Reassessment of the Illegal Movement of Antiquities: Exposing Regulatory Gaps Posed by the Development of Social Media and Blockchain

Lead Research Organisation: University of Exeter
Department Name: School of Law

Abstract

The research proposed aims to tackle how technological advancements influence the illegal movement of cultural artefacts on the market for antiquities. The project shall concentrate on the chain of sale as altered by the development of social media supported by blockchain technology. The research will identify regulatory gaps and shortcomings within international and domestic legislation preventing transnational cooperation of enforcement bodies. The jurisdictional spectrum will cover Iraq and Italy as two source markets exemplifying contrasting regulatory levels and the United Kingdom and the United States as destination markets. Examining illegal sale from the perspective of technological advancements will offer the possibility of identifying appropriate deterrent measures to prevent such transactions and, in the long term, allow to protect cultural heritage effectively.

Problem and Importance
The existent preventive measures created with the on-ground trafficking in mind are not applicable to the chain of sale as altered by the usage of social media and blockchain. The regulatory bodies tend to focus on establishing measures disrupting the three-stage market chain, leaving the digital space open for the flow of cultural commodities (Fedotov, 2017). Private social media platforms prevent any relevant users data from being collected due to the personal privacy requirements. As a result, lack of public transparency averts assumption of responsibility and adequate governmental intervention. Moreover, by facilitating mass communication, the extent of potential buyers and, consequently, demand for antiquities
has grown considerably. Such a state of matters has allowed social networking sites to acquire a discretionary power over the art market. The information flow and subsequent increased advertising capabilities has promoted engaging blockchain and cryptocurrencies to conduct sales tracelessly. As digital currencies have been designed to remain outside the governmental regulations, the existent legislative measures are insufficient to prevent illegal movement of cultural commodities. Socio-legal outcomes for the art market have shifted by turning a wired world into a mature virtualized society. Hence, re-identifying the consequences, not using generalised and outmoded data, is needed to support resolving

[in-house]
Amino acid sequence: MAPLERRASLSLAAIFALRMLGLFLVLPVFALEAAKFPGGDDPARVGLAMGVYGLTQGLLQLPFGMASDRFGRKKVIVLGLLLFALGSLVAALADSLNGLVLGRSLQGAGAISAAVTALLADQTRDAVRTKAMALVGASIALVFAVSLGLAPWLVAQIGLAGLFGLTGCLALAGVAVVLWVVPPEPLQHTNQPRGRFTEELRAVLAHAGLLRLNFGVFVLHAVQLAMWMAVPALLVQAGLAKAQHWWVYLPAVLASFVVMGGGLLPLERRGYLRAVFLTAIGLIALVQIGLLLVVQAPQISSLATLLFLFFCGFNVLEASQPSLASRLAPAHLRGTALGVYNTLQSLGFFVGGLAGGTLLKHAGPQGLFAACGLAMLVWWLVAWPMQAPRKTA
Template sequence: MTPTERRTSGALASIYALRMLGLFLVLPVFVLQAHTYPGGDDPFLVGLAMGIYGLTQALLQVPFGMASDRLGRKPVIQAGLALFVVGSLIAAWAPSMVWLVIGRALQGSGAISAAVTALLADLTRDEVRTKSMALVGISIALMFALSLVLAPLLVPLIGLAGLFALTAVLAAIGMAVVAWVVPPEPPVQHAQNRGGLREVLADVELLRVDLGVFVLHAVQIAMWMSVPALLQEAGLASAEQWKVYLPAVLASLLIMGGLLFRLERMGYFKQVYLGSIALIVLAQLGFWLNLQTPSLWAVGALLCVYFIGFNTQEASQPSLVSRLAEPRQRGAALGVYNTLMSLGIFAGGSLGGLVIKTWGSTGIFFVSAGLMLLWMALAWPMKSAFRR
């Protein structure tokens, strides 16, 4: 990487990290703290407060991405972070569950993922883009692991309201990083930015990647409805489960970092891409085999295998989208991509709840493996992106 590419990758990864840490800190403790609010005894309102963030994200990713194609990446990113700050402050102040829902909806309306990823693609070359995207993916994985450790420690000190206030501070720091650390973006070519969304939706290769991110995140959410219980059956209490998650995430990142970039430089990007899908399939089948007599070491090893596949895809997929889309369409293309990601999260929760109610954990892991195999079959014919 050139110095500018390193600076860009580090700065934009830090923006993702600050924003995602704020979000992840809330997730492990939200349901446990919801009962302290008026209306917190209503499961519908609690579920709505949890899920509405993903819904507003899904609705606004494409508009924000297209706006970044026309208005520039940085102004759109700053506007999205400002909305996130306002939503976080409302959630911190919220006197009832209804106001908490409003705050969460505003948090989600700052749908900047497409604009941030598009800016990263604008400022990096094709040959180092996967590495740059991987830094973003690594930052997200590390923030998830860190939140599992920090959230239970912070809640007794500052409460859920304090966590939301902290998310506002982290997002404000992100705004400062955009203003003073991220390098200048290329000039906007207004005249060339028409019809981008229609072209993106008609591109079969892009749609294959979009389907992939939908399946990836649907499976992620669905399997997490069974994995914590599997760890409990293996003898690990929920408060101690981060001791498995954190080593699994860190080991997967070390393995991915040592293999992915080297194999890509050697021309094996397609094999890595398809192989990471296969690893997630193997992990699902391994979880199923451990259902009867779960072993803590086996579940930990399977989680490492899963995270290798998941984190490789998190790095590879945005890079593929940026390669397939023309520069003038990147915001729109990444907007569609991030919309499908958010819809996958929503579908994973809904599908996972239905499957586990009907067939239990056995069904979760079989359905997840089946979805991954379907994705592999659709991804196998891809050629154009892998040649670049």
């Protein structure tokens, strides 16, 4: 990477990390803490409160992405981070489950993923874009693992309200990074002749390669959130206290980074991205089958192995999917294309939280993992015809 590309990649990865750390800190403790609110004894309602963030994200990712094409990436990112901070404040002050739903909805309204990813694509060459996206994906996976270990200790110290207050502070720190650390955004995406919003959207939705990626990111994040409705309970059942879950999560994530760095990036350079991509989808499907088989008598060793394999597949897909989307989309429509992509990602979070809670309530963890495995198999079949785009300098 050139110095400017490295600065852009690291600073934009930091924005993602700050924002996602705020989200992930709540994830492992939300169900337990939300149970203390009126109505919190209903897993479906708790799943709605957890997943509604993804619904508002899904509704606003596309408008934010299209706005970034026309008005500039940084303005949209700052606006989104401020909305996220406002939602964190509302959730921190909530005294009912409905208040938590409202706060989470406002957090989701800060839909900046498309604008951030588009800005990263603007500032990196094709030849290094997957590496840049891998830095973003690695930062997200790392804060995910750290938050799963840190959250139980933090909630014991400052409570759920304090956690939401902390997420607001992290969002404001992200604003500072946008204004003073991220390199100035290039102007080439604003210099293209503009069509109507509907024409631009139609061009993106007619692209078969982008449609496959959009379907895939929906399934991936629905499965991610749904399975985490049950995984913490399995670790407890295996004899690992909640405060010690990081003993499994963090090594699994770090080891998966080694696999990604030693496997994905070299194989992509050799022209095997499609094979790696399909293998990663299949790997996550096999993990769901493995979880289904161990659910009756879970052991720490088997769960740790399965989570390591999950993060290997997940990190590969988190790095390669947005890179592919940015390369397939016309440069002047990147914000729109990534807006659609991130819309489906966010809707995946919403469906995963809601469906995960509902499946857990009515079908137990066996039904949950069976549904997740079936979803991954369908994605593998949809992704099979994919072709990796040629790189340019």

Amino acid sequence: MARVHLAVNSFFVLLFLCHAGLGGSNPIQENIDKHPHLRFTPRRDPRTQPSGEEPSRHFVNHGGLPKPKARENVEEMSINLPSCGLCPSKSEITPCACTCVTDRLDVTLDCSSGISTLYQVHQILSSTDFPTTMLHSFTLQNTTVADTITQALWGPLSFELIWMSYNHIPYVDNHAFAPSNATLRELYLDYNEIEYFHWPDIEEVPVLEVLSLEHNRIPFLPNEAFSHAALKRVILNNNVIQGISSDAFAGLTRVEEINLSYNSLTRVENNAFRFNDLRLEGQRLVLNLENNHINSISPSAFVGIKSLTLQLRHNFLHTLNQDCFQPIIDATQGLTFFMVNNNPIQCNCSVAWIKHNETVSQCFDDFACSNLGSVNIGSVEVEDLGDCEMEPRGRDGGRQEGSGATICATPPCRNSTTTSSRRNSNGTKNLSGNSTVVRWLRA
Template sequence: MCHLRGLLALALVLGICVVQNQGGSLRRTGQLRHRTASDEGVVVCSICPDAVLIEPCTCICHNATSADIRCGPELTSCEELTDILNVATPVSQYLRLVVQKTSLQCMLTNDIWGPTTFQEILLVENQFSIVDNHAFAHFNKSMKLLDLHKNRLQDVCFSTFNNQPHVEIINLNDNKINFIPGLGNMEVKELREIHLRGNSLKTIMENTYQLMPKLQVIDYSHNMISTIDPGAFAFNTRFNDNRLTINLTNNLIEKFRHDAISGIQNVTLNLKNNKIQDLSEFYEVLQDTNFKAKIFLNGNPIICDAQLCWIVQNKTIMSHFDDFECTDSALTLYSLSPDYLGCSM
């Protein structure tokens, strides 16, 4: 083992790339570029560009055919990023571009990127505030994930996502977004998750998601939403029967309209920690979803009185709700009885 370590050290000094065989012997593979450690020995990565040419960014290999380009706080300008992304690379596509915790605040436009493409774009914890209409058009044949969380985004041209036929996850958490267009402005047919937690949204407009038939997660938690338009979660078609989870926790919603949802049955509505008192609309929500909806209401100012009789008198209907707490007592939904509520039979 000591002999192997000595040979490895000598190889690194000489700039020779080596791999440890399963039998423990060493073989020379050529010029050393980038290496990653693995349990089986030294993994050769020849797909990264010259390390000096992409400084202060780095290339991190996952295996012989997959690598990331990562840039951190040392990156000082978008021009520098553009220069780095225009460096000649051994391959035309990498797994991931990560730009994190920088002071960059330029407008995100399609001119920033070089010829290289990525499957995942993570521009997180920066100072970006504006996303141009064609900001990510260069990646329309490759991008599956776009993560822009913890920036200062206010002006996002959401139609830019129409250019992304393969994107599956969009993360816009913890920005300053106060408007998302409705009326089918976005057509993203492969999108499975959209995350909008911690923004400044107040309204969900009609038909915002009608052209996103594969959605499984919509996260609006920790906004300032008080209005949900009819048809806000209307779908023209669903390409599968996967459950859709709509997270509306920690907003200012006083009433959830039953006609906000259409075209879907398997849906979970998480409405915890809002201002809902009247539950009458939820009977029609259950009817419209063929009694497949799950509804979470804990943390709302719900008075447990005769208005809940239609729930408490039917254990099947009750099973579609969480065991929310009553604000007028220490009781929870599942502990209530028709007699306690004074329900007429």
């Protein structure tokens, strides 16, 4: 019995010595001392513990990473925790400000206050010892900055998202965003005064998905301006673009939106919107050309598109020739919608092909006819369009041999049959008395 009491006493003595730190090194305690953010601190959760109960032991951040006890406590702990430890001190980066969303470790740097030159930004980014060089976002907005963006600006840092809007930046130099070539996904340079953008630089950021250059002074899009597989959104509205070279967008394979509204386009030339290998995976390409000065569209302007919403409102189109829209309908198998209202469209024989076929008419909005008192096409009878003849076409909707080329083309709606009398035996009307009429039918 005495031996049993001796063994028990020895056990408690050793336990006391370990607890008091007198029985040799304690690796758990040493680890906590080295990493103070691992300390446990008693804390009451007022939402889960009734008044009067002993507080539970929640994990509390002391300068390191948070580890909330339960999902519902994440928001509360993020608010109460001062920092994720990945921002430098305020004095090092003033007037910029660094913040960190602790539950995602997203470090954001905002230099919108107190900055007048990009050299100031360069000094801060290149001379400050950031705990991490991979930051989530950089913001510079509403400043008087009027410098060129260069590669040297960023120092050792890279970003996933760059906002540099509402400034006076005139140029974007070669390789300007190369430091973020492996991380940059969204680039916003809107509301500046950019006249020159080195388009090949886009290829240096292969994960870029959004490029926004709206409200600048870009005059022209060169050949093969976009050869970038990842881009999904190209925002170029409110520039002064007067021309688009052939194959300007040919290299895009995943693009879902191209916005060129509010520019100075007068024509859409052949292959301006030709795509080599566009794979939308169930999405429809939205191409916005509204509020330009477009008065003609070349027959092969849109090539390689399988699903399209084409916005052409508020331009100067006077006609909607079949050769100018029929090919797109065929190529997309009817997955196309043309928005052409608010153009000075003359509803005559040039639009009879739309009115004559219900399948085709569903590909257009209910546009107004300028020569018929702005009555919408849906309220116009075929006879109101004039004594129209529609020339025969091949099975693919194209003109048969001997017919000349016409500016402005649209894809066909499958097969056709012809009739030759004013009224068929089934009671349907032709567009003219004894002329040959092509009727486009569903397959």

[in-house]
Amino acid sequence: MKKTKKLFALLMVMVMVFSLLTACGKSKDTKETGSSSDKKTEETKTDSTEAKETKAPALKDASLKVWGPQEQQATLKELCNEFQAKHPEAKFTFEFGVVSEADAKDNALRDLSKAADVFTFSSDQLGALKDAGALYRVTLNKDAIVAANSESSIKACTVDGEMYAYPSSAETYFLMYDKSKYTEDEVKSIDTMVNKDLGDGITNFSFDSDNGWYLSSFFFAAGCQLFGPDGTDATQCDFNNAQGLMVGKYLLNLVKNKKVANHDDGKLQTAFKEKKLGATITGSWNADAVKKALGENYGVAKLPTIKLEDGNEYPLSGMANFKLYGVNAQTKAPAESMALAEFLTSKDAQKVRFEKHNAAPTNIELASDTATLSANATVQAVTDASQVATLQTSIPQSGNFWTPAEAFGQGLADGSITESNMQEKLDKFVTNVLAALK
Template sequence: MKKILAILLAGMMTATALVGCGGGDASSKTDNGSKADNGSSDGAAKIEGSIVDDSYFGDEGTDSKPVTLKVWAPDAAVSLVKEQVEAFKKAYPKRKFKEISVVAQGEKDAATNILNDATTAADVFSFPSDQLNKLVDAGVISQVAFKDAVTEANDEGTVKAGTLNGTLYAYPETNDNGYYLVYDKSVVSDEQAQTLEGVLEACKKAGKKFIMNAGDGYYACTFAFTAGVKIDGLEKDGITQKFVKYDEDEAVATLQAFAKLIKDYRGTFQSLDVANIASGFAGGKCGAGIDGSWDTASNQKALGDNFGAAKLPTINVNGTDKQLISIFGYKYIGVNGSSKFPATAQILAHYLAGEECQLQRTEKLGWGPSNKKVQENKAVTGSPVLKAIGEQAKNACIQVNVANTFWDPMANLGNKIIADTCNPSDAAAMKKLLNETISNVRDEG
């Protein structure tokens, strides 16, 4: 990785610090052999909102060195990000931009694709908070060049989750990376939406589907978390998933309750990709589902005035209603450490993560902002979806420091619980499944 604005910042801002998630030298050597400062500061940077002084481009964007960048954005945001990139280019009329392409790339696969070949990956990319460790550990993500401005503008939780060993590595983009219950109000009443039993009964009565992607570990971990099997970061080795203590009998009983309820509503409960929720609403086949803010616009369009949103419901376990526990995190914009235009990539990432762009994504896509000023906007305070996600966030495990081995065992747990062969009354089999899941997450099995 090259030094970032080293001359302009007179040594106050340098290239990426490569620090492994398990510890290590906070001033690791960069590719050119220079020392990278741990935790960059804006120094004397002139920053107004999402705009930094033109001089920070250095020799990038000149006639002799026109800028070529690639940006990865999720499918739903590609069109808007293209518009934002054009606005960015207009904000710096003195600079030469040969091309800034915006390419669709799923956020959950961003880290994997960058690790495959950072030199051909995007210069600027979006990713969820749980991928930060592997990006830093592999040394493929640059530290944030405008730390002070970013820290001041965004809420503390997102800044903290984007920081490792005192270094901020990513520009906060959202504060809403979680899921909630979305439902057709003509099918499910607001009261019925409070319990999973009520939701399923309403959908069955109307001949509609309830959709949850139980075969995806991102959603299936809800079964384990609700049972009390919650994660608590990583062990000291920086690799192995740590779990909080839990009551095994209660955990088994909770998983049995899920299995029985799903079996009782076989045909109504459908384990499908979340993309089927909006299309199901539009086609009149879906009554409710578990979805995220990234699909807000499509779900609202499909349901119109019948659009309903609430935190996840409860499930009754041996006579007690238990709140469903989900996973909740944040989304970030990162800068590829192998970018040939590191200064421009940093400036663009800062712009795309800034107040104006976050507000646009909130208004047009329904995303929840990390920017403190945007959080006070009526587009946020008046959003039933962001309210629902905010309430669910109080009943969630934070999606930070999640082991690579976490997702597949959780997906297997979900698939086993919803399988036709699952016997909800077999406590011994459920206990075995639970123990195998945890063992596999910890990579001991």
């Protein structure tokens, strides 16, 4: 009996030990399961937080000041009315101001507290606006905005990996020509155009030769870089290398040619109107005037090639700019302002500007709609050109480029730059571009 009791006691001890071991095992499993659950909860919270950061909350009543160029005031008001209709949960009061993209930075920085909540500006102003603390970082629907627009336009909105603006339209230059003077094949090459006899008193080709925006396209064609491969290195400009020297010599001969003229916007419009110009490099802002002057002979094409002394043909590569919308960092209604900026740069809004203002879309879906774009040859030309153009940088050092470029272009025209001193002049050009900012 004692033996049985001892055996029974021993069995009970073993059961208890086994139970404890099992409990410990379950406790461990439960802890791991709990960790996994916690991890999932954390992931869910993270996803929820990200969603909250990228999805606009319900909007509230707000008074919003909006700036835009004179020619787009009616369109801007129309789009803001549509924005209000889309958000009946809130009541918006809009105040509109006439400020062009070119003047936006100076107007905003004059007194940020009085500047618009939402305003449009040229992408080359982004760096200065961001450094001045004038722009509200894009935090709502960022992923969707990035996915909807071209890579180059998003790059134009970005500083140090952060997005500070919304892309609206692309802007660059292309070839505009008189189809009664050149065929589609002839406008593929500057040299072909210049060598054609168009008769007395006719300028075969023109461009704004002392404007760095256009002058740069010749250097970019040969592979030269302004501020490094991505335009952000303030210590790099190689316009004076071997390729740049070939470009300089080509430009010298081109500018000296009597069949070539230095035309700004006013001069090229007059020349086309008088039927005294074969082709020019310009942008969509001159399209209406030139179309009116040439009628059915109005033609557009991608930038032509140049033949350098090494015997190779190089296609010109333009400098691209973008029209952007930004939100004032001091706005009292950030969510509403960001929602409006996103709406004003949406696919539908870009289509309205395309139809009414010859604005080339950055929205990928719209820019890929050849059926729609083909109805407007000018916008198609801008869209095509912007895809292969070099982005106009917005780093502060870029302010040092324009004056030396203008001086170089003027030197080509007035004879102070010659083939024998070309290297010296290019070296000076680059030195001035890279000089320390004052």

pending legal issues around illegal antiquities movement.

Methodology
Empirical research shall be undertaken comprising quantitative and qualitative methods such as historical outline, case study, observation and interview. Historical research will attempt to understand the dynamics of illegal trade by looking into past events in order to determine established patterns of behaviour among consumers of cultural commodities. In effect, identifying shortcomings of regulations will reveal appropriate cases to examine. Subsequently, case study shall look into individual instances of illicit movements from Iraq and Italy to the United States and United
Kingdom, in order to examine causes for the phenomena and holistic approach to the issue. Engagement with social media platforms by collecting data on users establishing contact on these sites will enable identification of communication dispersion methods. Empirical research will be conducted on a representative group of social media and blockchain companies by means of direct interviews with professionals involved in self-regulation of these firms. Moreover, questioning law enforcement bodies engaged in the protection of cultural heritage, followed by the data analysis, will enable uncovering relationships between individuals, or organisations, and sellers.

Publications

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Studentship Projects

Project Reference Relationship Related To Start End Student Name
ES/P000630/1 01/10/2017 30/09/2027
2268267 Studentship ES/P000630/1 01/10/2019 30/09/2023 Natalia Olszowy